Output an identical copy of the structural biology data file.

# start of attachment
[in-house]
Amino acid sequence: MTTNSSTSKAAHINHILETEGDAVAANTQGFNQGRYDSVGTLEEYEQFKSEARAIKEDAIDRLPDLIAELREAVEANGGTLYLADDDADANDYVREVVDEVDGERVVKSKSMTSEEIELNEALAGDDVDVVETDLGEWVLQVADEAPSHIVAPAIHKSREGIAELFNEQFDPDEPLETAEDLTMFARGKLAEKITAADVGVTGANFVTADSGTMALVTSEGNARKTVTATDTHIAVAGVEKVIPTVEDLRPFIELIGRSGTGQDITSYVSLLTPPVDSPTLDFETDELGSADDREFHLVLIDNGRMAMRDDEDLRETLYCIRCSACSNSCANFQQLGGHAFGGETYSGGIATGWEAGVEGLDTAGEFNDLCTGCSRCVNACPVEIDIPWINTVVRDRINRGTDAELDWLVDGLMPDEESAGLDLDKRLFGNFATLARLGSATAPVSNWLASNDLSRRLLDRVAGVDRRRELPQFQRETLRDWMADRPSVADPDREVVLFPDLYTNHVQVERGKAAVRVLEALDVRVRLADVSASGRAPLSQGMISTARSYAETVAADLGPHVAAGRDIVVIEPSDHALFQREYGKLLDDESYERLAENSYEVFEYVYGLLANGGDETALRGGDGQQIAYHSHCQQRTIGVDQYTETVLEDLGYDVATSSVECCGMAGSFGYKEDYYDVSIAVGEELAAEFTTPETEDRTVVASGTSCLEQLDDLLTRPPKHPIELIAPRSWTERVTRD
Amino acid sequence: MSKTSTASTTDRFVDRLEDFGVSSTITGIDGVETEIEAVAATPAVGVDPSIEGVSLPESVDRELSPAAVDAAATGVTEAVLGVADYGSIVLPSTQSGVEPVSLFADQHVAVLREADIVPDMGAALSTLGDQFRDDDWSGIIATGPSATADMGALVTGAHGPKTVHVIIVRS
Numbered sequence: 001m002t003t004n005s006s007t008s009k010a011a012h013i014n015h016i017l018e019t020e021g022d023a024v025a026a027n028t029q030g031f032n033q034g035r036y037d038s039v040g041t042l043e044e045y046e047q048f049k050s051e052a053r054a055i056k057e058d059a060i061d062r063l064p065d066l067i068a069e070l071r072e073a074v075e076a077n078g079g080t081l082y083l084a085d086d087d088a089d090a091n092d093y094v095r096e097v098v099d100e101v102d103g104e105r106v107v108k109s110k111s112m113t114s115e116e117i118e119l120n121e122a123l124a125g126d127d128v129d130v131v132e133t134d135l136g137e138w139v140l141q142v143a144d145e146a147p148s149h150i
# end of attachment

[in-house]
Amino acid sequence: MTTNSSTSKAAHINHILETEGDAVAANTQGFNQGRYDSVGTLEEYEQFKSEARAIKEDAIDRLPDLIAELREAVEANGGTLYLADDDADANDYVREVVDEVDGERVVKSKSMTSEEIELNEALAGDDVDVVETDLGEWVLQVADEAPSHIVAPAIHKSREGIAELFNEQFDPDEPLETAEDLTMFARGKLAEKITAADVGVTGANFVTADSGTMALVTSEGNARKTVTATDTHIAVAGVEKVIPTVEDLRPFIELIGRSGTGQDITSYVSLLTPPVDSPTLDFETDELGSADDREFHLVLIDNGRMAMRDDEDLRETLYCIRCSACSNSCANFQQLGGHAFGGETYSGGIATGWEAGVEGLDTAGEFNDLCTGCSRCVNACPVEIDIPWINTVVRDRINRGTDAELDWLVDGLMPDEESAGLDLDKRLFGNFATLARLGSATAPVSNWLASNDLSRRLLDRVAGVDRRRELPQFQRETLRDWMADRPSVADPDREVVLFPDLYTNHVQVERGKAAVRVLEALDVRVRLADVSASGRAPLSQGMISTARSYAETVAADLGPHVAAGRDIVVIEPSDHALFQREYGKLLDDESYERLAENSYEVFEYVYGLLANGGDETALRGGDGQQIAYHSHCQQRTIGVDQYTETVLEDLGYDVATSSVECCGMAGSFGYKEDYYDVSIAVGEELAAEFTTPETEDRTVVASGTSCLEQLDDLLTRPPKHPIELIAPRSWTERVTRD
Amino acid sequence: MSKTSTASTTDRFVDRLEDFGVSSTITGIDGVETEIEAVAATPAVGVDPSIEGVSLPESVDRELSPAAVDAAATGVTEAVLGVADYGSIVLPSTQSGVEPVSLFADQHVAVLREADIVPDMGAALSTLGDQFRDDDWSGIIATGPSATADMGALVTGAHGPKTVHVIIVRS
Numbered sequence: 001m002t003t004n005s006s007t008s009k010a011a012h013i014n015h016i017l018e019t020e021g022d023a024v025a026a027n028t029q030g031f032n033q034g035r036y037d038s039v040g041t042l043e044e045y046e047q048f049k050s051e052a053r054a055i056k057e058d059a060i061d062r063l064p065d066l067i068a069e070l071r072e073a074v075e076a077n078g079g080t081l082y083l084a085d086d087d088a089d090a091n092d093y094v095r096e097v098v099d100e101v102d103g104e105r106v107v108k109s110k111s112m113t114s115e116e117i118e119l120n121e122a123l124a125g126d127d128v129d130v131v132e133t134d135l136g137e138w139v140l141q142v143a144d145e146a147p148s149h150i